Pharmacists are reporting that while more rapid antigen tests (RATs) will be coming next week, the “real jump” in supply is not expected until February after COVID-19 hospitalisations are estimated to have already reached their highest level.
Australia’s biggest pharmacy distributor, Sigma Healthcare Sigma told The Epoch Times on Jan. 17 it was currently transporting rapid tests, which can detect COVID-19 within 20 minutes, to its stores as demand for RATs soared.
“Sigma is progressively accessing supply of RATs to distribute to its pharmacy customers and expects supply to accelerate over the coming weeks to help meet public demand for tests,” a company spokesman said.
“While Sigma expects supply to increase from next week, the real jump in RATs supply will come in early February.”
The news of the arrivals comes as RAT supply shortage continues to strangle Australia’s testing regime, leading to retailers often charging between $20-30 per test and sometimes over $70 per test at smaller outlets, despite wholesale costs ranging between $3.95 and $11.45 per test.
Rod Sims, chair of the Australian Competition and Consumer Commission (ACCC), said on Monday the consumer watchdog had received over 1,800 reports of price gouging, a practice considered illegal by the Therapeutic Goods Administration.
“We have also had reports that look as if people have bought the goods … and then on-sold them at more than 20% markup, and that is illegal under the government’s recent announcement, and we are referring anything that looks of that nature to the Australian federal police,” Sims told The Guardian.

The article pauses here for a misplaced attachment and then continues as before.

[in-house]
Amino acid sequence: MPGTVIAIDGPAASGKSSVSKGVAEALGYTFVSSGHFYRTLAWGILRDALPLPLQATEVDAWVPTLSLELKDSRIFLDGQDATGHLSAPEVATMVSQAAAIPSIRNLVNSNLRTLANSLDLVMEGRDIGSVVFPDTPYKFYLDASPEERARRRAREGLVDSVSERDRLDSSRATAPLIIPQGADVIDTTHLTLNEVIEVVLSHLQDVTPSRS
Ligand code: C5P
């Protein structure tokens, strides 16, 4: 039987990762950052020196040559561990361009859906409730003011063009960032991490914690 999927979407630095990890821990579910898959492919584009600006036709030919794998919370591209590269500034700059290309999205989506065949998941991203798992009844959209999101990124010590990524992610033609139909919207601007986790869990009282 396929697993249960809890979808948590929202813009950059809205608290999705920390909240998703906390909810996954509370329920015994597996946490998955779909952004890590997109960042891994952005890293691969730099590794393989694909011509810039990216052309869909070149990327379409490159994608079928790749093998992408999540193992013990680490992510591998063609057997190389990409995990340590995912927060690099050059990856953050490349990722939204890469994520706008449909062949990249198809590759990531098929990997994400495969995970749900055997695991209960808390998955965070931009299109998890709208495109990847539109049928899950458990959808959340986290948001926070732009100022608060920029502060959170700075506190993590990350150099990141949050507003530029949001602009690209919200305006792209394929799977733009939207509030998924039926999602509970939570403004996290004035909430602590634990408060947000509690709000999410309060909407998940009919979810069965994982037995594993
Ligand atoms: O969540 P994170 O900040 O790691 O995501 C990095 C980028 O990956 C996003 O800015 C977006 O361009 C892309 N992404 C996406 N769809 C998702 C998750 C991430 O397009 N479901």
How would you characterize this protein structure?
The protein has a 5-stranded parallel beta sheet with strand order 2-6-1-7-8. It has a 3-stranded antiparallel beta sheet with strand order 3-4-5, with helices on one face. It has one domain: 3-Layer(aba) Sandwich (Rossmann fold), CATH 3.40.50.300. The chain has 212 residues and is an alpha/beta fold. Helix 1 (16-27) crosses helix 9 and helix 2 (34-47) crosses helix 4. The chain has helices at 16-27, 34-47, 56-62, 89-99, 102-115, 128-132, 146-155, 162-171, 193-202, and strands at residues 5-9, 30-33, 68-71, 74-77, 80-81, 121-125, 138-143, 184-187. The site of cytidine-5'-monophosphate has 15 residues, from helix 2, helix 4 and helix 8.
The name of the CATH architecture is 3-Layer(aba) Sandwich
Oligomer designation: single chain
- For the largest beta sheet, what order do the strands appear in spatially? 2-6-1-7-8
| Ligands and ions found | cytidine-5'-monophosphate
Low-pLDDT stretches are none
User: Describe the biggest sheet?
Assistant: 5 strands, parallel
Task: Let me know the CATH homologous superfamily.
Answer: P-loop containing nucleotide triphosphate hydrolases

“If we found large stores and chains engaging in this sort of behaviour, we won’t hesitate to take action, and the penalties will be very large.”
Meanwhile, state and federal governments and large corporates were reportedly procuring kits in massive numbers, leaving online retailers and pharmacies short of stock.
Pharmacy Guild national president Trent Twomey told Sky News on Tuesday while 200 million rapid antigen tests were currently on order, people should not “expect them to be equally accessible by everybody.”
He also said it was more attractive for suppliers to prioritise big orders from governments that were worth millions, while some retailers were struggling to secure stock despite having paid for it in full and having confirmed delivery dates, The Guardian reported.
“What’s happening is that it’s much easier for suppliers to deal with one customer who wants 100,000 tests than 1,000. So what we are seeing is manufacturers [and suppliers] preferencing larger clients over smaller clients,” Twomey added.
His comment came after the NSW government announced 100 million RATs, which would be used in healthcare, education, vulnerable communities and social housing, with authorities already distributing the at-home tests to remote communities.
The commonwealth last week also said it had ordered $62 million worth of the tests due to “extreme urgency or events unforeseen.”
Health Minister Greg Hunton Monday rejected the claim that the federal government was requisitioning supplies of RATs, calling it “a plain lie.”
“I have written to suppliers to say that was not the Australian government’s position,” Hunt said of the allegations.